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Expert Interview: Rajeev Madhavan

Expert Interview: Rajeev Madhavan
by Daniel Nenni on 11-29-2016 at 12:00 pm

This blog was originally posted on Paysa.com but since Rajeev Madhavan is one of our EDA Heroes I thought it was worth a re-post. In case you do not know Rajeev, he started his EDA career at Cadence then was co-founder and VP of Engineering at LogicVision (acquired by Mentor). Next he was Founder, President, and Chairman of Ambit Design Systems (Acquired by Cadence) and finally he was Founder, Chairman and CEO of Magma Design Automation (Acquired by Synopsys):

Rajeev Madhavan is a Founder and General Partner at Clear Ventures. With $120 million of capital, Clear is a VC firm that is purpose-built to help startup teams win in business technology and services.

We recently asked Rajeev for his advice to recent graduates in the engineering field on best practices for their career and what the steps to success look like. Here’s what he had to say:

Tell me about your early years and how they contributed to who you are today?
When I was a kid, I absolutely loved reading comic books. I would go through comic books quickly, reading the latest edition and be ready for the next, but my dad was not a fan of comic books. So, I built a lending service on the school bus – I charged a small fee to read my comic books—which enabled me to support my hobby. It was a comic book business with a few friends. We started to run into trouble when it came to collection though, especially with the bigger kids. We solved the problem by getting one of the bigger kids to collect for us, with a deal that he would get to read the books first. However, the school principal caught us and we were suspended from the school bus. It took away all business interests in me for quite a while!

What business lessons did you learn?

This very early business-building experience taught me several business basics. I learned valuable practices like how much money to charge, the delicate art of money collection and, perhaps most importantly, the role of rules and regulations in business. Even the suspension in that story had a critical effect on how I operate in a business setting.

Who has been your biggest influence?

There were 3 people who contributed to my successes – one was my manager, Ed Vopni at my first job – he challenged me to execute better, work harder and set better goals for myself. Another was Lucio Lanza who I met when he was an Executive VP at Cadence and a General Partner at USVP. His questions on various ideas that were being proposed to him made me want to think of doing startups. The last person was Jim Solomon, founder of Cadence who told me when we were on a customer trip to Florida, that he should have done the analog business at Cadence (the business group I was in) as a new startup – this made me realize that I am better off doing a startup. Hit with that deep desire, I joined with two others to do my first startup, LogicVision. One year into it, we had a product and our first customer, Apple. During that time, I learned that creating technology is not enough. Extracting value is what is the most important. I then started Ambit Design Systems, and Ambit was sold to Cadence for $280M. Then I started Magma, which went public on NASDAQ and was eventually acquired in 2012 by Synopsys for $650M.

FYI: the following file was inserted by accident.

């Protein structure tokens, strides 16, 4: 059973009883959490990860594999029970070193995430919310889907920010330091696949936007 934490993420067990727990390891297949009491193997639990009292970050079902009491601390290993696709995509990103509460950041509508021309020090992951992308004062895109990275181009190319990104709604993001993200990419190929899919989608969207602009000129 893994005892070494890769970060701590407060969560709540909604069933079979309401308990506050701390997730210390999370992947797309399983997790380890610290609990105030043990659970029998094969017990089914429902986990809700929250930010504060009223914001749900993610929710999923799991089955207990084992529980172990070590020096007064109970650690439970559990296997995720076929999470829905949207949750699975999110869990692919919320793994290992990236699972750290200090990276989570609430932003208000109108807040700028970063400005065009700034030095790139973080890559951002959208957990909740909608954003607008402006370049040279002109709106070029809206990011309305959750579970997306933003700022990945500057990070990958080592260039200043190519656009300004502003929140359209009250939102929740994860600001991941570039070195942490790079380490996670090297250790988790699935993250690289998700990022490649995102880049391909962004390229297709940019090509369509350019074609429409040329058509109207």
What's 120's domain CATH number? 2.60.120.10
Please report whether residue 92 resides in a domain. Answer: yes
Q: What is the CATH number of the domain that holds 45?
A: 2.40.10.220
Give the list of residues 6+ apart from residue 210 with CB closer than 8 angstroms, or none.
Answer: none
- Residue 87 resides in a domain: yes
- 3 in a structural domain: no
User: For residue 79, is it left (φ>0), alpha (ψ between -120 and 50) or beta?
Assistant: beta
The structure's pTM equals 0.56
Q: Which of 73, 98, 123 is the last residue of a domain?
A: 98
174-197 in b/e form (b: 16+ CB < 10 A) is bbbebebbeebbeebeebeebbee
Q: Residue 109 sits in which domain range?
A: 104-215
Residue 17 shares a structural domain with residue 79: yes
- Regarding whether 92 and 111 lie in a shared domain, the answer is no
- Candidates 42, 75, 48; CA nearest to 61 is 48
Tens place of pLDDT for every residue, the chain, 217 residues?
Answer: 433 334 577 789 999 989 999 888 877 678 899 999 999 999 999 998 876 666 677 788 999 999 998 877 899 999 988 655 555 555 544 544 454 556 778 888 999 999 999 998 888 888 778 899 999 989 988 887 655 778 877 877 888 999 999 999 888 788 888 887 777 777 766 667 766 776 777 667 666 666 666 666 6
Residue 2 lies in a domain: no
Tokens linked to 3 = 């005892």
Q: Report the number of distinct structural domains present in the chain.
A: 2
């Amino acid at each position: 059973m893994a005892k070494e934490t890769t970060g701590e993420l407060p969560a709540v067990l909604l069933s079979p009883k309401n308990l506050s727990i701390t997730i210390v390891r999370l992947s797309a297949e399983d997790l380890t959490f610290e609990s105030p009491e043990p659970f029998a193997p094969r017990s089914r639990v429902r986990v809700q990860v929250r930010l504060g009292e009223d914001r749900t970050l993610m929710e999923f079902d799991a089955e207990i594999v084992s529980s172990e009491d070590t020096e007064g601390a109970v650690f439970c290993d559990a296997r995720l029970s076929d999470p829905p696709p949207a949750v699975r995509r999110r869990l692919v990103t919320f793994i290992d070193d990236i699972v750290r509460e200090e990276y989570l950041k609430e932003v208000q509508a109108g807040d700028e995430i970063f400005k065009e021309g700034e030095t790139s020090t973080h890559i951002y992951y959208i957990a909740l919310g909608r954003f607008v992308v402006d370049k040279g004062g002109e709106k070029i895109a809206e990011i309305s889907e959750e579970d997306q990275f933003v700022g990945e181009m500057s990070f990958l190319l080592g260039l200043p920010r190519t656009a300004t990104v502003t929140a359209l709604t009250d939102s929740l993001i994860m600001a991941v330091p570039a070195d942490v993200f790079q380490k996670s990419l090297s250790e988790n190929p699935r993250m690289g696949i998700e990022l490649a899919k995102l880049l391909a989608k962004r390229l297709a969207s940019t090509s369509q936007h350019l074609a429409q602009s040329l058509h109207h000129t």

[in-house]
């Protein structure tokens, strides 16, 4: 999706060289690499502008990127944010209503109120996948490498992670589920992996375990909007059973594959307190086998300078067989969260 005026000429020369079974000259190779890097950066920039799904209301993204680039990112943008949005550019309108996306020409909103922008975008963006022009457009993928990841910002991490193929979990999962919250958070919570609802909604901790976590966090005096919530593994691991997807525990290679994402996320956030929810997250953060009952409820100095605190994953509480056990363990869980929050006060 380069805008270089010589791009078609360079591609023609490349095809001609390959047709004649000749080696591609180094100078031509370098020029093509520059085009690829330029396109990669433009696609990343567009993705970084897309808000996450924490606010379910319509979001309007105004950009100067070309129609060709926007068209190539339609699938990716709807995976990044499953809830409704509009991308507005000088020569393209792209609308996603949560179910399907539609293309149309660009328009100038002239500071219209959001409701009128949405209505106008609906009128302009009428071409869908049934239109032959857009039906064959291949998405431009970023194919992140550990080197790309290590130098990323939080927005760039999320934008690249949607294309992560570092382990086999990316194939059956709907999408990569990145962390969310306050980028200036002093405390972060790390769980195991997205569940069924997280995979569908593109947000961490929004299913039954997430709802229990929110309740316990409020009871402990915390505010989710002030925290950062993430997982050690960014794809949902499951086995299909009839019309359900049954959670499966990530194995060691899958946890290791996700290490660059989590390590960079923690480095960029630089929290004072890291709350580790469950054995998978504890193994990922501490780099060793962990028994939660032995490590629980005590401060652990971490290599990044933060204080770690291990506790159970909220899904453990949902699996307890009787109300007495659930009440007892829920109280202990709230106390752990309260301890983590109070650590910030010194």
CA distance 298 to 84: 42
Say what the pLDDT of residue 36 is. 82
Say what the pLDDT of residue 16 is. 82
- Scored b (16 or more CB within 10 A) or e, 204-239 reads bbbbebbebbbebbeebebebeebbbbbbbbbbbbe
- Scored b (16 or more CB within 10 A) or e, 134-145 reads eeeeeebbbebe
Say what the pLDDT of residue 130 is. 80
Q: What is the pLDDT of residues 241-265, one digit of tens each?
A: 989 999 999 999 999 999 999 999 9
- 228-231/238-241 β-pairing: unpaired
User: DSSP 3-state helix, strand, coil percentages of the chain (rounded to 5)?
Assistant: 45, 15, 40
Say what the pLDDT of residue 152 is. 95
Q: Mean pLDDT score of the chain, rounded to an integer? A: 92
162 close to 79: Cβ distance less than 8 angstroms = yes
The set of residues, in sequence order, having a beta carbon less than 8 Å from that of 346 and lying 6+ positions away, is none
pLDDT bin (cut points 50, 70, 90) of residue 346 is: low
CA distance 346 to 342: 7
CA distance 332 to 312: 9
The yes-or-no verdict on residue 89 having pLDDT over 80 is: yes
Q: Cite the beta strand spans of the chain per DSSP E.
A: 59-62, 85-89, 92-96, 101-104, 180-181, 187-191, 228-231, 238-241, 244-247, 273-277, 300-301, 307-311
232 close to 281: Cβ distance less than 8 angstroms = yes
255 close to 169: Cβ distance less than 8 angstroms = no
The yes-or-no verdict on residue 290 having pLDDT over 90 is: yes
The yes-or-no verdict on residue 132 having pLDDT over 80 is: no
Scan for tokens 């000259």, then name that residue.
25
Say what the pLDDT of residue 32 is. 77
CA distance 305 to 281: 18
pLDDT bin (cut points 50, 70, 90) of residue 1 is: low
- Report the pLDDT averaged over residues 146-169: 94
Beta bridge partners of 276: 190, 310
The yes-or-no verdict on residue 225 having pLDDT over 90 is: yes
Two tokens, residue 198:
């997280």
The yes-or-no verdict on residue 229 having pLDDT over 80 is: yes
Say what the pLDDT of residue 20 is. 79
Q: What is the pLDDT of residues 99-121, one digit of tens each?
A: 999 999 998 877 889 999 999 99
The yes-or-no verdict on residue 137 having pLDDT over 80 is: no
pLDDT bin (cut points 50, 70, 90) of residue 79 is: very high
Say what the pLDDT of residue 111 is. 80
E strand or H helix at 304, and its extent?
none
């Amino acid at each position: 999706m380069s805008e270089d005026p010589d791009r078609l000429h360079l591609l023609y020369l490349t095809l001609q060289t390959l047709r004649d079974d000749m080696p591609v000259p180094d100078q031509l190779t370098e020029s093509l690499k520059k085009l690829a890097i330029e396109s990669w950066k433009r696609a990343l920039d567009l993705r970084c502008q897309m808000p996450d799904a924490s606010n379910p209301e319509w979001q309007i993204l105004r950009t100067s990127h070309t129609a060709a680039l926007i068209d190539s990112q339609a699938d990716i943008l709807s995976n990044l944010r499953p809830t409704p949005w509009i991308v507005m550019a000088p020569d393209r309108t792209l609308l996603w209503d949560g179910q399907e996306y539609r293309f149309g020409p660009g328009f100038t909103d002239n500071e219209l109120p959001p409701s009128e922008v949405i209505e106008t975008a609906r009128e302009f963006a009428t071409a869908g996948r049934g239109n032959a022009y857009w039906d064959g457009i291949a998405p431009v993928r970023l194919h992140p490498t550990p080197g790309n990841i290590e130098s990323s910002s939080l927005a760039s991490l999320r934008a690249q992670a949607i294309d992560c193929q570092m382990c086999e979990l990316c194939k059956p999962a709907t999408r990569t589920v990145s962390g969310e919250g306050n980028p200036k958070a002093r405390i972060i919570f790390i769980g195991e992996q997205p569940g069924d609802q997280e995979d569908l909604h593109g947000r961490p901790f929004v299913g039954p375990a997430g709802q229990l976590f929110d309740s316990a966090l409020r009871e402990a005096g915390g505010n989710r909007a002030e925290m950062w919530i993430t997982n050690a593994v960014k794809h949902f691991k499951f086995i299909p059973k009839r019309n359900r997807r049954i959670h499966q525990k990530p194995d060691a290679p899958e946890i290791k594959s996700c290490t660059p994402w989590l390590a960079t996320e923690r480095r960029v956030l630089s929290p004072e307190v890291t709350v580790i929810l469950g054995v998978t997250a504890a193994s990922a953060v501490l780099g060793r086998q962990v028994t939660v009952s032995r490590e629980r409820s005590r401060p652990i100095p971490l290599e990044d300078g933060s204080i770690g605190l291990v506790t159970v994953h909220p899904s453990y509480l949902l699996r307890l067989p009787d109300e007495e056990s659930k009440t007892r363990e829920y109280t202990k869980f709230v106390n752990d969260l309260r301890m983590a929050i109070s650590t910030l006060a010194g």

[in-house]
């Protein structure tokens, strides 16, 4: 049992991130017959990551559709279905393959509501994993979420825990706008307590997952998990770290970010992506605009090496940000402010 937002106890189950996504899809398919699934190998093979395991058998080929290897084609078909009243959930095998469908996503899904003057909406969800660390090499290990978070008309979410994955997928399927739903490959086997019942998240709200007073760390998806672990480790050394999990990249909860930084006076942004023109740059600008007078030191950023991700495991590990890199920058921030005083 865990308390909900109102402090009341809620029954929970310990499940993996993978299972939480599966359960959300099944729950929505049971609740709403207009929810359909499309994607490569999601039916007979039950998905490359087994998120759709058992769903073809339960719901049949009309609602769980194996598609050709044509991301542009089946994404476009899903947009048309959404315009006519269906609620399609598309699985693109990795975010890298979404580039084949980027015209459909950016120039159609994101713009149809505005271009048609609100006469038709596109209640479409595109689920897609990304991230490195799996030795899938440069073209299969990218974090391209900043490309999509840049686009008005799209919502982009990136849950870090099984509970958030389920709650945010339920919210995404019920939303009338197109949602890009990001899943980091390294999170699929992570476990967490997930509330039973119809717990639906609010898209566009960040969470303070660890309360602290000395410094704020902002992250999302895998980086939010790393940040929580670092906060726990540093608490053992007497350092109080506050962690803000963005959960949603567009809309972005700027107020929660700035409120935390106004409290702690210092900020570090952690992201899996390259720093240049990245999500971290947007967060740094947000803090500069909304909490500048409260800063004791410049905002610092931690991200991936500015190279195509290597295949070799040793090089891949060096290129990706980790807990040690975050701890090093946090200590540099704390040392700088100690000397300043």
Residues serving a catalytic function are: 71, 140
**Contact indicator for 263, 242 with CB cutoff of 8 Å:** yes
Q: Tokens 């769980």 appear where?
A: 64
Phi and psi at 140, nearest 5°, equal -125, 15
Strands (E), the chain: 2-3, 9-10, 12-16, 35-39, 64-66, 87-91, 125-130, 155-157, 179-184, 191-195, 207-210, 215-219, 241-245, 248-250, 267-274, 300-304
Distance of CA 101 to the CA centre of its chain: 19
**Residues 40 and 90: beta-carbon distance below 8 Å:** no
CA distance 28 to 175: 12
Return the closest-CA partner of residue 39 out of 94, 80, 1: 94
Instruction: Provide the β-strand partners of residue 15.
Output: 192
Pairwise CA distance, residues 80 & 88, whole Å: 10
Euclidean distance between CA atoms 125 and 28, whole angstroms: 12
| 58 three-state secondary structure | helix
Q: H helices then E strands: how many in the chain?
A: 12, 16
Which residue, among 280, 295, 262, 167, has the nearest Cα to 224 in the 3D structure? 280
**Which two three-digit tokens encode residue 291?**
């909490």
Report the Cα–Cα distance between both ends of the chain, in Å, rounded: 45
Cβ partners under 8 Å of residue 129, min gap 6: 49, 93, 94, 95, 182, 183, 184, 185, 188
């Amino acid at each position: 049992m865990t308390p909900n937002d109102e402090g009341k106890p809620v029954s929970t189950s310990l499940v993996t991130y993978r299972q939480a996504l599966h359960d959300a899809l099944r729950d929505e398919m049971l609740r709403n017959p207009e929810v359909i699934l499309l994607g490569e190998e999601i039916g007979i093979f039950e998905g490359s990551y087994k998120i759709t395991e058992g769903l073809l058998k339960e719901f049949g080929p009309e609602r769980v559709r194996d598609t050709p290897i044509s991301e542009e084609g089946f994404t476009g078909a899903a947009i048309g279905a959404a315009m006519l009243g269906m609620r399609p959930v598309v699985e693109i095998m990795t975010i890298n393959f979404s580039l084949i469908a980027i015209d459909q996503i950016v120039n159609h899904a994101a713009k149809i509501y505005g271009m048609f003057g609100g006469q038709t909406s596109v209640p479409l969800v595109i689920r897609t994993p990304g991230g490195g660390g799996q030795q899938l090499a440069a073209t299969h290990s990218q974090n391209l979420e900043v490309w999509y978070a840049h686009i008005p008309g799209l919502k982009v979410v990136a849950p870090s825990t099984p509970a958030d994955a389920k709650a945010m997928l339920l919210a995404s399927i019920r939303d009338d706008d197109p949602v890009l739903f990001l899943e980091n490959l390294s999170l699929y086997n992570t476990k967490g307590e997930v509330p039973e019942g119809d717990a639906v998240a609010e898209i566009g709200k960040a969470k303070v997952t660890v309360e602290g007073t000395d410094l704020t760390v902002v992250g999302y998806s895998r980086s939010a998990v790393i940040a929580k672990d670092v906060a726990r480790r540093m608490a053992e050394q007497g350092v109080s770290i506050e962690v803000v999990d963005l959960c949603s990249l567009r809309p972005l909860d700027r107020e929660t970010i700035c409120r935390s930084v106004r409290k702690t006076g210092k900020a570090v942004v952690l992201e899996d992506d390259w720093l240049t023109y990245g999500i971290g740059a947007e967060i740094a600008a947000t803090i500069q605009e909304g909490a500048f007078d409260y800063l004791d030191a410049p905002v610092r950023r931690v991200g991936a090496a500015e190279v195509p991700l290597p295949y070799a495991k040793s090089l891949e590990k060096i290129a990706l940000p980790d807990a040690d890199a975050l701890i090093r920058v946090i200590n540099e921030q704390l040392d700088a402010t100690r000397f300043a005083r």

What motivates you to succeed?

I love to compete. So, the fact that 30 VC firms turned me down when I was looking for funding for Ambit Design was an invitation for me to prove them wrong. Being able to show them I could succeed in spite of this was incredibly rewarding for me.

I also love the opportunity to create a new, exciting product and bring it to life. The mantra has always been that failure is not an option. As an entrepreneur, I believed that I needed to find a way to make it, whether that means needing to pivot, redoing or changing direction.

What career and life advice do you give to new college grads?

Not everyone is built to do a startup. Some may want to work in a large company because it offers stability and less risk. There is nothing wrong in choosing either of these paths. But if you truly want to pursue a startup in the tech space, Silicon Valley is the place to be. Building great relationships is important. Doing a self assessment of your strengths and weaknesses and building a team that addresses your weaknesses is very important. It takes a village to succeed and the invaluable, supportive infrastructure here will help pave your way to success, if you tap into the right relationships. In the same vein, you should take any opportunity that presents itself to build your network.